Island Defender

Thesis Abstract

A proposal for the protection of desert islands, and learning to coexist with Hong Kong’s unique landscape, 263 islands that make up the city. These fragile, unprotected islands are seemingly fallen of the face of the Earth. Stonecutters Island, Harbour Island, Junk Island, Pillar Island, Mouse Island… Reclamation killed them off one by one.

This thesis is a critique of the existing environmental policy of protecting these ‘Geographical Heritage’, against which an eco-border is set up to perform multiple functions, a Cultivation Border, an Island Archive and a Reclamation Guideline.

Taking the shelter for cultivating shellfish at the border’s structure across a fictional timeline, it eventually forms an ecological enclave in the middle of the sea, which also serves as a filter to purify the polluted seawater for the protected buffer. Throughout the life cycle, shells can be collected, and lime can be extracted as the building material for urban development.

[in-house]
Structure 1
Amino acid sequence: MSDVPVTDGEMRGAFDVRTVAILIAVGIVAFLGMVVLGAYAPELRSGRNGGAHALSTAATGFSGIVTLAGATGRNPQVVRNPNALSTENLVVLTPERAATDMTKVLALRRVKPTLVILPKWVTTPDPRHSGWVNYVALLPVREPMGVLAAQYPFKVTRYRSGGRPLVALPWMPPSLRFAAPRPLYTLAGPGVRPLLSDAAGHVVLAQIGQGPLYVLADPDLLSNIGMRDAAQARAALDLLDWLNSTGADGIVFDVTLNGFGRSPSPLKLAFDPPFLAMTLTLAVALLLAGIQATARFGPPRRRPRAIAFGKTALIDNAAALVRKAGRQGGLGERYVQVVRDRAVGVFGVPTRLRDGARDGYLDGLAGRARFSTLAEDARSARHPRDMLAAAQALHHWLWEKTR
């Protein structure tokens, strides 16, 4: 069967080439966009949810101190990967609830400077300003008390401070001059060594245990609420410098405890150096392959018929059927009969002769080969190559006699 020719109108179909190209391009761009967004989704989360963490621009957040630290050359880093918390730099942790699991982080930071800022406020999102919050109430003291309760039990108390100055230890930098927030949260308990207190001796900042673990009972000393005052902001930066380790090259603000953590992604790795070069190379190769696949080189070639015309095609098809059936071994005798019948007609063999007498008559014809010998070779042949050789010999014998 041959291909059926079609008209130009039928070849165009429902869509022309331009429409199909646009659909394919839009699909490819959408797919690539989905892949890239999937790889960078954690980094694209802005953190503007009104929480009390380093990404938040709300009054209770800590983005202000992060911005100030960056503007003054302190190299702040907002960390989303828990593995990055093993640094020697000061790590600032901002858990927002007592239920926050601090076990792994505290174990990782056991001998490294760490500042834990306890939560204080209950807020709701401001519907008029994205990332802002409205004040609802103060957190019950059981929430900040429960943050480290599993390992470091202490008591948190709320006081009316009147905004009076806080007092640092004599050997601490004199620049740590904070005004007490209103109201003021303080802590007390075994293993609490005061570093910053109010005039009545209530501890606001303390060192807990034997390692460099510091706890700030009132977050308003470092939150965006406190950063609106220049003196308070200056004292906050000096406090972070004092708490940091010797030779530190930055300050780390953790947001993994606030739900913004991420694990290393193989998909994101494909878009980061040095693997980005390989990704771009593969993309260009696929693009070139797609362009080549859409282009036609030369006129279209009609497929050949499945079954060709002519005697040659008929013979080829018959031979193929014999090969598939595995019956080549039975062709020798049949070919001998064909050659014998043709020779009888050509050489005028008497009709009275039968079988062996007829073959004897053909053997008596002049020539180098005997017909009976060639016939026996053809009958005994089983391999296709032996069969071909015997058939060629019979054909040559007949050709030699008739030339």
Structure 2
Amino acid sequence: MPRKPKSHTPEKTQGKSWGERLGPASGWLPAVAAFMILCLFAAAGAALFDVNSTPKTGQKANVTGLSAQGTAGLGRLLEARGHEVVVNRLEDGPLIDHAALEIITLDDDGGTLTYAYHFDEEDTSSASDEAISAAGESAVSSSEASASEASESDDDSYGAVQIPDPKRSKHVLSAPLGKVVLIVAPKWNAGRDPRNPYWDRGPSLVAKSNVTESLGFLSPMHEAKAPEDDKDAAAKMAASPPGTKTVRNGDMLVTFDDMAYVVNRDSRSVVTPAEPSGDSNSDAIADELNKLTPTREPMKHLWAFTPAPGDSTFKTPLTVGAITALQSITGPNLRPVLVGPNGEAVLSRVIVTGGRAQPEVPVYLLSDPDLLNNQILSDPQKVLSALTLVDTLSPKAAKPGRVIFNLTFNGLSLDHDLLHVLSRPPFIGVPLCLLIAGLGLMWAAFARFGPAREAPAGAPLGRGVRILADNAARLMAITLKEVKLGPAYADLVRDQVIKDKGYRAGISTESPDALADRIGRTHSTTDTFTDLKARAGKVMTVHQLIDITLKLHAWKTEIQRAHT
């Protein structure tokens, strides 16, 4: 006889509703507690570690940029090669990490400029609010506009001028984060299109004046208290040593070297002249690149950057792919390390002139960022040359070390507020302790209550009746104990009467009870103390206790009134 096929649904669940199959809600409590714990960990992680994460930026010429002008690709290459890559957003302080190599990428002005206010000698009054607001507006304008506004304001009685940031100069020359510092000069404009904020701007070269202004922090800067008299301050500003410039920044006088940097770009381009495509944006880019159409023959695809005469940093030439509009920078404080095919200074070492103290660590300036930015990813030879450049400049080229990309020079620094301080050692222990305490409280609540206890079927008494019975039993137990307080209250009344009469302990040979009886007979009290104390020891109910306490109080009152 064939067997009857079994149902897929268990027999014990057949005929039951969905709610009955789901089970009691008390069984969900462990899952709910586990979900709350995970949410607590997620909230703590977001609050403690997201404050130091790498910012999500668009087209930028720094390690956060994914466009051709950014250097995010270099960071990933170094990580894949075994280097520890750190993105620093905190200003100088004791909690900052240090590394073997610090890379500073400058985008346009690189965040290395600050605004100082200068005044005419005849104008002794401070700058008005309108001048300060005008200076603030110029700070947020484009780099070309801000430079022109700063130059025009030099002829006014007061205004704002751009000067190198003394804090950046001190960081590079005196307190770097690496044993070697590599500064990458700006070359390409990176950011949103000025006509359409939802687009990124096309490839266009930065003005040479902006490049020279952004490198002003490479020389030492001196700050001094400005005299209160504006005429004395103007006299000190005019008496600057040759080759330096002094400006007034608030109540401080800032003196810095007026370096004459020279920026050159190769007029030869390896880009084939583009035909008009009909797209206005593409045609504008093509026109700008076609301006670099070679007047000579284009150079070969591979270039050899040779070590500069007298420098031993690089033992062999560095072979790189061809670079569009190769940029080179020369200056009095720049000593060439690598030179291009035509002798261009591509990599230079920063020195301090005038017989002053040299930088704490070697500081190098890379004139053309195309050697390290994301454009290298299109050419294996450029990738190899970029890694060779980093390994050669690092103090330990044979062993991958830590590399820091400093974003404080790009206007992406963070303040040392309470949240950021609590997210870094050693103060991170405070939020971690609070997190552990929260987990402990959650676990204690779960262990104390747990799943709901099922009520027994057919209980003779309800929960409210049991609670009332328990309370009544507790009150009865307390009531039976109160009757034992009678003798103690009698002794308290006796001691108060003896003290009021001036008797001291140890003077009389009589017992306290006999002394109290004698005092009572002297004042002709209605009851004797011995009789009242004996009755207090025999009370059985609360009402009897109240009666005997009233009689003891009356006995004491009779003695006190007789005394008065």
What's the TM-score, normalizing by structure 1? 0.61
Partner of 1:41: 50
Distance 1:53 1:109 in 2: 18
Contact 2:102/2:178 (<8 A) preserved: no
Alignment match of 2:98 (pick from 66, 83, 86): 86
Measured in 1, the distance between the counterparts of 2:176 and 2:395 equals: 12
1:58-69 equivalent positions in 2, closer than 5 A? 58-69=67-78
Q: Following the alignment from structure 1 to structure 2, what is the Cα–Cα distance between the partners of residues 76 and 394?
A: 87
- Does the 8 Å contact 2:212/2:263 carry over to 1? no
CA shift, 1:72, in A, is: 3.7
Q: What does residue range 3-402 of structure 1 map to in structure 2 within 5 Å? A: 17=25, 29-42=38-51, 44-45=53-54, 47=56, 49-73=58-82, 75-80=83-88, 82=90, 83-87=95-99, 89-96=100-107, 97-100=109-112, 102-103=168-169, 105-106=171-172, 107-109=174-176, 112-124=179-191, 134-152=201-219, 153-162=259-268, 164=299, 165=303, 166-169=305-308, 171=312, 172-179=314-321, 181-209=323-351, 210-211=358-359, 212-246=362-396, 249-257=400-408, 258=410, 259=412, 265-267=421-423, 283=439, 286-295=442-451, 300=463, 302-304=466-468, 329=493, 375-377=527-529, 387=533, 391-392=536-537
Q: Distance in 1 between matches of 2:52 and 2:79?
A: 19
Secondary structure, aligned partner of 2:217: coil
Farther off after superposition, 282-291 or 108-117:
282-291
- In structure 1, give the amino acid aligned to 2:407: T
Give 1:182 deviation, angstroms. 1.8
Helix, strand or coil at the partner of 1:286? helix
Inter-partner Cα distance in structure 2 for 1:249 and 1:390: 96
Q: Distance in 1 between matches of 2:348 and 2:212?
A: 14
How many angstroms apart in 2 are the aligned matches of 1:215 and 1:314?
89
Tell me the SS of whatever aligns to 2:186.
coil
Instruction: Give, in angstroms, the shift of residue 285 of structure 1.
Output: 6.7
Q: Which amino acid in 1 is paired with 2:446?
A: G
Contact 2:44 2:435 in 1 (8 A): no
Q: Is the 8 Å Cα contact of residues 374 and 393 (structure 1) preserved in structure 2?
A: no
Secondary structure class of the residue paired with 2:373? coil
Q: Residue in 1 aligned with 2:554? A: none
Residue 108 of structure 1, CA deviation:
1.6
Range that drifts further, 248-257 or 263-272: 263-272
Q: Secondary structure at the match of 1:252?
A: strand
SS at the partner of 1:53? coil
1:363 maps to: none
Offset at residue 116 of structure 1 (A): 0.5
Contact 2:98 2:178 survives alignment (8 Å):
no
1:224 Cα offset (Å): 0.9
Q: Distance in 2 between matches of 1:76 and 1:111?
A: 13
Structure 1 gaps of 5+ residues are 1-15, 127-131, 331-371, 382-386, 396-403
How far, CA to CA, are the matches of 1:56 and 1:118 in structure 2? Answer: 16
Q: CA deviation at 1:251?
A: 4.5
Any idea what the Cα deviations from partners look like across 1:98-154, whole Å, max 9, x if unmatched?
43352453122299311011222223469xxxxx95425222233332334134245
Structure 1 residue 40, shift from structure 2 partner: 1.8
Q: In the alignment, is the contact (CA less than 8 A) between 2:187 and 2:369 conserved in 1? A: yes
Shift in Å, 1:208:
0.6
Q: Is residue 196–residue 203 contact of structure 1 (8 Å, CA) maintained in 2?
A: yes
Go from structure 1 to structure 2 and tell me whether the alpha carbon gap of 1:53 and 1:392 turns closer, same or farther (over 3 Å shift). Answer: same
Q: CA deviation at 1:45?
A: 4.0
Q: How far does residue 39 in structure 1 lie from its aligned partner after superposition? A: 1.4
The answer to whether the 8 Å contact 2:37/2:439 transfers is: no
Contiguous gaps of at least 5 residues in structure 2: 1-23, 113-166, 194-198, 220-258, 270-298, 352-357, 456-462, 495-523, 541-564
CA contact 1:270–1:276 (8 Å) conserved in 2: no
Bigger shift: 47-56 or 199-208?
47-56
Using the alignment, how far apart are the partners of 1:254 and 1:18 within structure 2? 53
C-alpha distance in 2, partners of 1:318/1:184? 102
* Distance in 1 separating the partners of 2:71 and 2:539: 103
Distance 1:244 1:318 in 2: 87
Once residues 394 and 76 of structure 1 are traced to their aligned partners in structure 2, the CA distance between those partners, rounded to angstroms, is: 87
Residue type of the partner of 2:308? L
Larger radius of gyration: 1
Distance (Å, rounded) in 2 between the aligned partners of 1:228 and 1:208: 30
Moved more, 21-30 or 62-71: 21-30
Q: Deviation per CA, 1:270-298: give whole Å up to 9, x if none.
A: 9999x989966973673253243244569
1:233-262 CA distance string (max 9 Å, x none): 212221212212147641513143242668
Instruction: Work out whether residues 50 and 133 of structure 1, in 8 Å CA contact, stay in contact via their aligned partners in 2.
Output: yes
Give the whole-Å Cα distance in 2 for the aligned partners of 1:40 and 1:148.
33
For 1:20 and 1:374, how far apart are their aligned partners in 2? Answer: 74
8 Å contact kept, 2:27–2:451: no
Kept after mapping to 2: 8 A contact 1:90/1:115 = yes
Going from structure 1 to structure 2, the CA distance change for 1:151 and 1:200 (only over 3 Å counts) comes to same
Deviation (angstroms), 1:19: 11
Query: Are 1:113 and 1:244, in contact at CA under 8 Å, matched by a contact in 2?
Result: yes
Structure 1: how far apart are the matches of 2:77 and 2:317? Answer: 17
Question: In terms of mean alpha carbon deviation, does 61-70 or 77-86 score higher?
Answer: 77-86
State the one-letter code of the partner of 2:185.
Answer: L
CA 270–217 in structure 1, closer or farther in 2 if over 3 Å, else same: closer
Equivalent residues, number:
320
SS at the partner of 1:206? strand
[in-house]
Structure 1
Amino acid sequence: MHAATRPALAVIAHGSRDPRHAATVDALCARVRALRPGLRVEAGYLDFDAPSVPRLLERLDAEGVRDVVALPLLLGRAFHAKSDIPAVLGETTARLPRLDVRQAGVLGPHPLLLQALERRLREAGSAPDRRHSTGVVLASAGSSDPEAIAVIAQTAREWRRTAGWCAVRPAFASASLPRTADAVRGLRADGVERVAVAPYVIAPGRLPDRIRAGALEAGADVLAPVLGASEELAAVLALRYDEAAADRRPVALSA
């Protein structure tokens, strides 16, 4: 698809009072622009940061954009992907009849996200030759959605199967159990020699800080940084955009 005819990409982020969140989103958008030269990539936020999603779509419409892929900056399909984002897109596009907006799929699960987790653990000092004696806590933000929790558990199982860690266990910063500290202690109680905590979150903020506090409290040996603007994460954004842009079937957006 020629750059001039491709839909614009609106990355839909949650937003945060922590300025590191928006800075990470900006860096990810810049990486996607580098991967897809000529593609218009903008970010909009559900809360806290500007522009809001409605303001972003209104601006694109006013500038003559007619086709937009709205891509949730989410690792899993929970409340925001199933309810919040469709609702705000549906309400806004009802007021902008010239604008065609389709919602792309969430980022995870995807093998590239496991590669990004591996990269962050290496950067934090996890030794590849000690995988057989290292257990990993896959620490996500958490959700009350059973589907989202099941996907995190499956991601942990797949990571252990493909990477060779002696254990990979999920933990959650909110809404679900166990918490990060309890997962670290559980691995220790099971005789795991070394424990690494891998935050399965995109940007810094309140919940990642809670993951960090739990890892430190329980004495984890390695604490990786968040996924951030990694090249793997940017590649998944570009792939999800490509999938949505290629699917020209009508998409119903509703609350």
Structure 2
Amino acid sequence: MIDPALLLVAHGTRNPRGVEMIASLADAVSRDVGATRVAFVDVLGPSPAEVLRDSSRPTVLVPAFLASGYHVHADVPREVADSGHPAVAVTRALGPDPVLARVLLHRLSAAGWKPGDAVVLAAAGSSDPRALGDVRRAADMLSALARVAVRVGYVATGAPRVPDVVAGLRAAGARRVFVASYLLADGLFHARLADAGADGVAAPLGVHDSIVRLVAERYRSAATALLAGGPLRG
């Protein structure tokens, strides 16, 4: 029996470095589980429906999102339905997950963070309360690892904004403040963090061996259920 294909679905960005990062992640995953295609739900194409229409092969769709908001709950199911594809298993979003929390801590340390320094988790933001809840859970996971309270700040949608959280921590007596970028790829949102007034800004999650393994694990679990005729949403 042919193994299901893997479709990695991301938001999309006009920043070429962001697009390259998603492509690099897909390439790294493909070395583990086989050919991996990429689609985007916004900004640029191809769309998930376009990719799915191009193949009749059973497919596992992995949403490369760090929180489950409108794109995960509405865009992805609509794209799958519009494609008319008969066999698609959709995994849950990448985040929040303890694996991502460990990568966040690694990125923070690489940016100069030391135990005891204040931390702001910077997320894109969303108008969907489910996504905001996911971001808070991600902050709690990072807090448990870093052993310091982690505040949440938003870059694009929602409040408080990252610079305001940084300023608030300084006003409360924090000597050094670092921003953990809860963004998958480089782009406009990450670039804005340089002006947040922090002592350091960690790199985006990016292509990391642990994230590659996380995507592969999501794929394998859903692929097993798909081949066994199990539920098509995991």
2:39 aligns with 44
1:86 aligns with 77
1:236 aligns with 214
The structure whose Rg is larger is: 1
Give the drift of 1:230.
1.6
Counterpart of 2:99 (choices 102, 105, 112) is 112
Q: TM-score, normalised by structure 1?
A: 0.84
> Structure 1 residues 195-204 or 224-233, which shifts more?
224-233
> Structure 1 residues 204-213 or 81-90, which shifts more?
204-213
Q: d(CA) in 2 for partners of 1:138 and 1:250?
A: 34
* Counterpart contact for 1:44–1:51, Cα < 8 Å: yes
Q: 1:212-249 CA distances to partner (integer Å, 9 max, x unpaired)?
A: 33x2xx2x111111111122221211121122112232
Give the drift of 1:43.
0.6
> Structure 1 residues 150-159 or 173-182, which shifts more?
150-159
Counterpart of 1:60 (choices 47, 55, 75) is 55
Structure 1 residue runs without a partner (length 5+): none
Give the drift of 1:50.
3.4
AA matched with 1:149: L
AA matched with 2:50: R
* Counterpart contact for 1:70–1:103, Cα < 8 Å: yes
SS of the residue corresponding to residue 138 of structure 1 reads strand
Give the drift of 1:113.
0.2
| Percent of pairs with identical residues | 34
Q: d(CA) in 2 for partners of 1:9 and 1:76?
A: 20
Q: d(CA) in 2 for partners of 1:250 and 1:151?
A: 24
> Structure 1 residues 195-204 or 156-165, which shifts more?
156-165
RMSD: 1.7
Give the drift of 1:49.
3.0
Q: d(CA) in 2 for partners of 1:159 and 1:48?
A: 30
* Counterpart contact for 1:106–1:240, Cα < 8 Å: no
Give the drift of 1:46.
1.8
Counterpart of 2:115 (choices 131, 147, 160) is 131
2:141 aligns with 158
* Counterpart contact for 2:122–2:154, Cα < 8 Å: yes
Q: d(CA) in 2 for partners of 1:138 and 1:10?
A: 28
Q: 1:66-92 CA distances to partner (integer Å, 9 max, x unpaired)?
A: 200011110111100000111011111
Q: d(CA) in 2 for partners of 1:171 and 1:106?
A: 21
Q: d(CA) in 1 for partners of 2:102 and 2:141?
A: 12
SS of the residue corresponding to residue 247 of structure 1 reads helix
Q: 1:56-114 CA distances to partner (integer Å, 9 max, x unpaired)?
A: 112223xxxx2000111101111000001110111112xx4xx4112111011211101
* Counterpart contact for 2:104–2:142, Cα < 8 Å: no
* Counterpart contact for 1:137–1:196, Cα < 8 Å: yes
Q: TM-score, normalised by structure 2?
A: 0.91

This work recalls the role of architecture as a defender, to defend the island against human activities, and it also suggests alternative act for architecture in the Anthropocene, which teach us how to develop in relation to our environment while transforming the earth’s land.

The Angdong Hospital

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The project is a new model for rural healthcare that addresses the huge gap between rural and urban services in China. Commissioned by the Institute for Integrated Rural Development, a Hong Kong charity, and working closely with the local health bureau, the objective was to develop a building that is capable of supporting progressive reforms on rural hospital management and care-giving. The design serves as a demonstration for how this can be achieved through its programming, public accessibility and innovative use of materials.